The National Association of Realtors has some oddly specific standards of practice for their agents’ advertising. A Virginia Realtor was just fined $450 for failing to disclose his brokerage association in the correct spot on his Facebook page.
- NAR requires agents to clearly disclose brokerage association in all advertising and licensure information on their web pages
- Virginia-based realtor Abraham Walker was fined for not displaying his brokerage association and wife’s licensure information clearly enough
- Walker received no warning or order of compliance before the $450 fine
If you are a member of NAR, you may need to update your online webpage or marketing platforms to avoid a $450 fine. According to standards of practice 12-5 and 12-9 in NAR’s Code of Ethics, agents must clearly disclose brokerage affiliation and licensure information on all web pages and advertisements.
Virginia-based realtor Abraham Walker just received the full $450 fine because of an anonymous tip on his Facebook page and webpage. Walker violated the standards of practice by not listing his brokerage affiliation in the name of his Facebook page, although it was always made clear on his webpage and in the about section of his Facebook.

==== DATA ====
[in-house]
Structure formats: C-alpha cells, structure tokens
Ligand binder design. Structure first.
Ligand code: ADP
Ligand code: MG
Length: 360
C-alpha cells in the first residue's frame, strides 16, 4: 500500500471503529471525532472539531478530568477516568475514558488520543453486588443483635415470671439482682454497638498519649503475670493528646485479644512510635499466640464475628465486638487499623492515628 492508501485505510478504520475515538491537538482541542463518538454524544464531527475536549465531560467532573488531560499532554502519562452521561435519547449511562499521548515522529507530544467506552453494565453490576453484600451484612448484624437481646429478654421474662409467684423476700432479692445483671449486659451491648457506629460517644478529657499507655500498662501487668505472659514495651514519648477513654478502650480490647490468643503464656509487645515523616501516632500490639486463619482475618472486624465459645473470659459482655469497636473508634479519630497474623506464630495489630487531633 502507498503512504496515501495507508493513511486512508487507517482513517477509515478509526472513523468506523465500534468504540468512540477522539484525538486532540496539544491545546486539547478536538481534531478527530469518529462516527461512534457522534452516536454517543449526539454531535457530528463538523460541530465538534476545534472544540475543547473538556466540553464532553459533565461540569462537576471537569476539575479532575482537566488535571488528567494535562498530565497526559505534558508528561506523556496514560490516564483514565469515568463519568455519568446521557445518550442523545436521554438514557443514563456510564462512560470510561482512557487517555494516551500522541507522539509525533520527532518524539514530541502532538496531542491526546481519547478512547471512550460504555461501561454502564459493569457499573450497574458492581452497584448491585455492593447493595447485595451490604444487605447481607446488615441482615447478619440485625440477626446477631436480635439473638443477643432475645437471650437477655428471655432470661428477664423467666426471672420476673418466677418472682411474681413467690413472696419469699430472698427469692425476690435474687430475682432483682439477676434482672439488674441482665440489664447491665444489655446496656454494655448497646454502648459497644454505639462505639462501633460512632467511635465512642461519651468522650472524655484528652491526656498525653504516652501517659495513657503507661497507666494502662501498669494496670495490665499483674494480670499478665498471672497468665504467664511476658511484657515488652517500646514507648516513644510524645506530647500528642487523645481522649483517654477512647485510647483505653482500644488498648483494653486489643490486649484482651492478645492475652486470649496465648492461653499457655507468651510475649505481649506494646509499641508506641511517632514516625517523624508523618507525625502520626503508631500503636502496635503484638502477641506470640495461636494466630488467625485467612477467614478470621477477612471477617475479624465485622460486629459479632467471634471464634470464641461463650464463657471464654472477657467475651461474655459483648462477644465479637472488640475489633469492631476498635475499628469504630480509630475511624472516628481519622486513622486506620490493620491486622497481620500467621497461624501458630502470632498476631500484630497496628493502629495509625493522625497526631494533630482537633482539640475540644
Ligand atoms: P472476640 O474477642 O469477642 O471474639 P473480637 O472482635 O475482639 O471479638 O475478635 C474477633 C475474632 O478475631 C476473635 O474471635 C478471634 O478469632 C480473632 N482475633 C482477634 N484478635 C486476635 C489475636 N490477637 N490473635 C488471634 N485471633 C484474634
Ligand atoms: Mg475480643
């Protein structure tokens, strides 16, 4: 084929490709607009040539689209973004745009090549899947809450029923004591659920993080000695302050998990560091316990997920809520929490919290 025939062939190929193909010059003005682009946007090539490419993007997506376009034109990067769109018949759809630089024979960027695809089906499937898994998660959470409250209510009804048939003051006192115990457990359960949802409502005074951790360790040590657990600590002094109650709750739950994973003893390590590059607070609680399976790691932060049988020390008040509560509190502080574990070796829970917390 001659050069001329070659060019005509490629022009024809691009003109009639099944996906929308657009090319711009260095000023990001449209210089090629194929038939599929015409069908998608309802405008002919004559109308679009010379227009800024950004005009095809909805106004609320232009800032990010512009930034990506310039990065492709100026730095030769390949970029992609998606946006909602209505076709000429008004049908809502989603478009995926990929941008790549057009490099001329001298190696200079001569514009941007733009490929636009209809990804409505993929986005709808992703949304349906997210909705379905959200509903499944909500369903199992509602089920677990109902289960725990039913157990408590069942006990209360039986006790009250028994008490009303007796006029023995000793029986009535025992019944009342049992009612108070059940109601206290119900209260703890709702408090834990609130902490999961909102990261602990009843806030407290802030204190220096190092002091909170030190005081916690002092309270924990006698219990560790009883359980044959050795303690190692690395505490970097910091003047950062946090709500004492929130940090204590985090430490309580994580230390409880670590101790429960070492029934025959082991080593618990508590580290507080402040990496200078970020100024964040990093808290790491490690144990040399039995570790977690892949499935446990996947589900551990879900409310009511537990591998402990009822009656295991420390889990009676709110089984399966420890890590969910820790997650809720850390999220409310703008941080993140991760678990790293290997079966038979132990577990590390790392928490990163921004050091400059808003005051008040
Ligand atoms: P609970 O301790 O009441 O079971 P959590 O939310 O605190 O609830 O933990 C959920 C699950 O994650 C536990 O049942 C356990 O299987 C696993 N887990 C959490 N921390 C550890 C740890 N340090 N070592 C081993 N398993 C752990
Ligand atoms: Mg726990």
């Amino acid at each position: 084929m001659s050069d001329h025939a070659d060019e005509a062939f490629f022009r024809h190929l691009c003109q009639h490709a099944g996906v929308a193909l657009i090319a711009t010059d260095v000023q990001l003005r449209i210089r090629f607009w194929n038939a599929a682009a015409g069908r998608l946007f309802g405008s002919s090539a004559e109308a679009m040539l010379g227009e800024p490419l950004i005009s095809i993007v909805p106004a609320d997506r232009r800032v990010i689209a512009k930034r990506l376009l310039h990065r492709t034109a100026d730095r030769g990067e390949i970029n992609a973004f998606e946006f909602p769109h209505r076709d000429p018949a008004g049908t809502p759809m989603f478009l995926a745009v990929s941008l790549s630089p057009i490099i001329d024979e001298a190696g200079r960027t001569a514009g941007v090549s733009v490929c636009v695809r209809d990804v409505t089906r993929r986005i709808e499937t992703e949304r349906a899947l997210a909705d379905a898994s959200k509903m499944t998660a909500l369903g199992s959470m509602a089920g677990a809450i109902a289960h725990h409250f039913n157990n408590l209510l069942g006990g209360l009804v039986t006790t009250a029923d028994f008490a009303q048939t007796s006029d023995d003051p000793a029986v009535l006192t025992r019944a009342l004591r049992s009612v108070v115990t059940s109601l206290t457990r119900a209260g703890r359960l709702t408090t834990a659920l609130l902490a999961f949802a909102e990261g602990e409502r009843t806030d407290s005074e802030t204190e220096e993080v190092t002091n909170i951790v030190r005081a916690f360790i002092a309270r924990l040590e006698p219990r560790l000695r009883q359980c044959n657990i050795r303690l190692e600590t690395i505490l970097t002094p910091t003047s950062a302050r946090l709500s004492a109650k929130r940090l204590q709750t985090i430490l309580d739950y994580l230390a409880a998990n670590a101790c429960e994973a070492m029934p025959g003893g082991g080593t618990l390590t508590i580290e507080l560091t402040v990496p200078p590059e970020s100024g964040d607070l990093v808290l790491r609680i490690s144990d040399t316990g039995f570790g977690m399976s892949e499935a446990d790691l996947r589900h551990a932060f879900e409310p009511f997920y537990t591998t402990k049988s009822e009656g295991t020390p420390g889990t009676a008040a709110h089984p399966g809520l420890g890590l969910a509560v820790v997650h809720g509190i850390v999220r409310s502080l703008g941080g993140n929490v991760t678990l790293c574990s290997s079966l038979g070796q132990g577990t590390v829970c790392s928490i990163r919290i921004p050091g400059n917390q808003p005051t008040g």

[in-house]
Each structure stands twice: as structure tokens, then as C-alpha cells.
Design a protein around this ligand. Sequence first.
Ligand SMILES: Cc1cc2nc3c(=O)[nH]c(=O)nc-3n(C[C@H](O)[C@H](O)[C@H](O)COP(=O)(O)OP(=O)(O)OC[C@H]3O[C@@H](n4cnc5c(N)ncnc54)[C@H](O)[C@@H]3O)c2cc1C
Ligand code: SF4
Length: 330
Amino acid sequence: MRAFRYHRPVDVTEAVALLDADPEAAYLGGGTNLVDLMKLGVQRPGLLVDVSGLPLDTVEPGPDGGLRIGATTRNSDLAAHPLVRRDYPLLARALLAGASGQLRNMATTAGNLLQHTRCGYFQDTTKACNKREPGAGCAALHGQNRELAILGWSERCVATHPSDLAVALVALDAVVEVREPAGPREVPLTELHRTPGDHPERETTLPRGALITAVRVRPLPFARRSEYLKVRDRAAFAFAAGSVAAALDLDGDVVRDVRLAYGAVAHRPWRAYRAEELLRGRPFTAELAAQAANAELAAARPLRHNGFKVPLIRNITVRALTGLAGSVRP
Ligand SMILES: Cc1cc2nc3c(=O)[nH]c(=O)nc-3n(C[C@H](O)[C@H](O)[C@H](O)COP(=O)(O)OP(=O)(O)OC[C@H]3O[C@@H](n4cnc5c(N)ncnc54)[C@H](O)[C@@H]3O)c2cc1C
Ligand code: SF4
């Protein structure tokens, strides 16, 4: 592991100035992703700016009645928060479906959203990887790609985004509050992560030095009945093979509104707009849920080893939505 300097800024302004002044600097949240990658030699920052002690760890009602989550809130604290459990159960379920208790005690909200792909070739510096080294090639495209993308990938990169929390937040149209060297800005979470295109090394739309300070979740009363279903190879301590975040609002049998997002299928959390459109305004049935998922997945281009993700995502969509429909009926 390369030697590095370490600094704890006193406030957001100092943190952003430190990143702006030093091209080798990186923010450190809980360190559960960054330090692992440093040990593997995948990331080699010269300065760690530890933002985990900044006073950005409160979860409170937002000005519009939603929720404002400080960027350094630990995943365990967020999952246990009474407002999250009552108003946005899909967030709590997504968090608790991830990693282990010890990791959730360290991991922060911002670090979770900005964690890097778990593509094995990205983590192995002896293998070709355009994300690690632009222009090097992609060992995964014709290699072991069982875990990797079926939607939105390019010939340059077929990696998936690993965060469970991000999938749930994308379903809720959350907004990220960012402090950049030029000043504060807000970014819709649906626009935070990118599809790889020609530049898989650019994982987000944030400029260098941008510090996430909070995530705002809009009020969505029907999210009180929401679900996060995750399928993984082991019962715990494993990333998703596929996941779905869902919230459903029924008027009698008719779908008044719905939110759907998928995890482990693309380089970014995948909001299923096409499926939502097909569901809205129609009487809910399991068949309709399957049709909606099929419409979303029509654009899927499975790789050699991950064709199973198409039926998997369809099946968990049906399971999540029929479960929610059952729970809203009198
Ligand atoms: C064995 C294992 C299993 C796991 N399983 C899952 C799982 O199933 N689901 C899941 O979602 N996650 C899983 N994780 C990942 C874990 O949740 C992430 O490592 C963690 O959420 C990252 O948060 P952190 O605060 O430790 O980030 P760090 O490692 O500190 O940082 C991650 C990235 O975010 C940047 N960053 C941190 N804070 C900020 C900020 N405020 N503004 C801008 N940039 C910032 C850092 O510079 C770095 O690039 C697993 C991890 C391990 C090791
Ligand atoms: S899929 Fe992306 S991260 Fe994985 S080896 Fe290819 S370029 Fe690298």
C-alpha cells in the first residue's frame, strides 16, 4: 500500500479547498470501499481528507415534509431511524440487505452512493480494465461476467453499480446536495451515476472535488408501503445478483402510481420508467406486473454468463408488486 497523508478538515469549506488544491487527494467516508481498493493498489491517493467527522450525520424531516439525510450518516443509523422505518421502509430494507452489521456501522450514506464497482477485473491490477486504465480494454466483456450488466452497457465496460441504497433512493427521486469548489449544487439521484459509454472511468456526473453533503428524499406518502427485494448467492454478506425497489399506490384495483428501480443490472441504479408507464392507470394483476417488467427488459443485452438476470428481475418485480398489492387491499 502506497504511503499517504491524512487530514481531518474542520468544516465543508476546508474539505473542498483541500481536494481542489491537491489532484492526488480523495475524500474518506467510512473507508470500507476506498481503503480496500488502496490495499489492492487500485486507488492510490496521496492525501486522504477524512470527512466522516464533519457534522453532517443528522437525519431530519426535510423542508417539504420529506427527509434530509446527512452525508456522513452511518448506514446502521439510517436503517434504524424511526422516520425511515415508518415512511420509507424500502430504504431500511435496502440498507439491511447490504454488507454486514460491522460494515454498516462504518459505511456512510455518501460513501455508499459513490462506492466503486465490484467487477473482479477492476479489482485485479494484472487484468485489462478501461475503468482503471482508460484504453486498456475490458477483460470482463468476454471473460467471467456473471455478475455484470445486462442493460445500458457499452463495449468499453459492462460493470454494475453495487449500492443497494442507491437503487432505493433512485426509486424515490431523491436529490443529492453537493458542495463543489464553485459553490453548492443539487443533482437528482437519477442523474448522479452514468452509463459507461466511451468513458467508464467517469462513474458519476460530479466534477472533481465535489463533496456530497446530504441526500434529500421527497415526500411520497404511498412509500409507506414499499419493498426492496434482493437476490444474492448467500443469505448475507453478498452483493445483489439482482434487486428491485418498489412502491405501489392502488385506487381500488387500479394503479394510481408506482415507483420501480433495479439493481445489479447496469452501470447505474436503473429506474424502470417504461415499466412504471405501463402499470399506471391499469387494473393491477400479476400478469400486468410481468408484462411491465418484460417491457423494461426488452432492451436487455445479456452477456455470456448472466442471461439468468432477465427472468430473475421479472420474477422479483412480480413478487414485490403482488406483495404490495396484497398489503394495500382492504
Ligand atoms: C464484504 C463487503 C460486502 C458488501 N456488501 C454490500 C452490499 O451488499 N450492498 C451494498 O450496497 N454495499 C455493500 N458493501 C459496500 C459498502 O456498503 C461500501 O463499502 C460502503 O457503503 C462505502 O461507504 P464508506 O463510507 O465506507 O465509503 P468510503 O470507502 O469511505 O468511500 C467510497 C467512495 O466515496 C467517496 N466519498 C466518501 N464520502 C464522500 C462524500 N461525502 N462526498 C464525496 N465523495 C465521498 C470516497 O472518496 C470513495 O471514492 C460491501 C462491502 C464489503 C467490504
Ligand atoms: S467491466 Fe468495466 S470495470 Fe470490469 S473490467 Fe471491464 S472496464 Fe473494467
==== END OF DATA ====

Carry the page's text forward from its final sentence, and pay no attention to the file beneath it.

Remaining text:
“I don’t think I knew where to put it at,” Walker said. “They sent me a screenshot of a specific place, so that’s when I changed my business name to have my broker’s name included in it, which it still isn’t clear if that’s what I needed to do.”
In accordance with the fine, Walker said he renamed his Facebook page to “Ask A Walker powered by Keller Williams Realty Kingstowne” and added his wife’s licensure information to the footer of their webpage.
Walker also said that he is not upset about the fine, but wanted to share his story because the rules were not clear. “If you’re a Realtor, you could get hit with the same ethics violation in your market. Be sure to have the proper disclosures on your website and Facebook business page,” Walker said. “Learn from my mistake.”
“Let us not waste energy focusing on the individual who followed the rules by anonymously reporting an obvious error. Instead, use this opportunity to review your advertisements for compliance issues,” Walker concluded.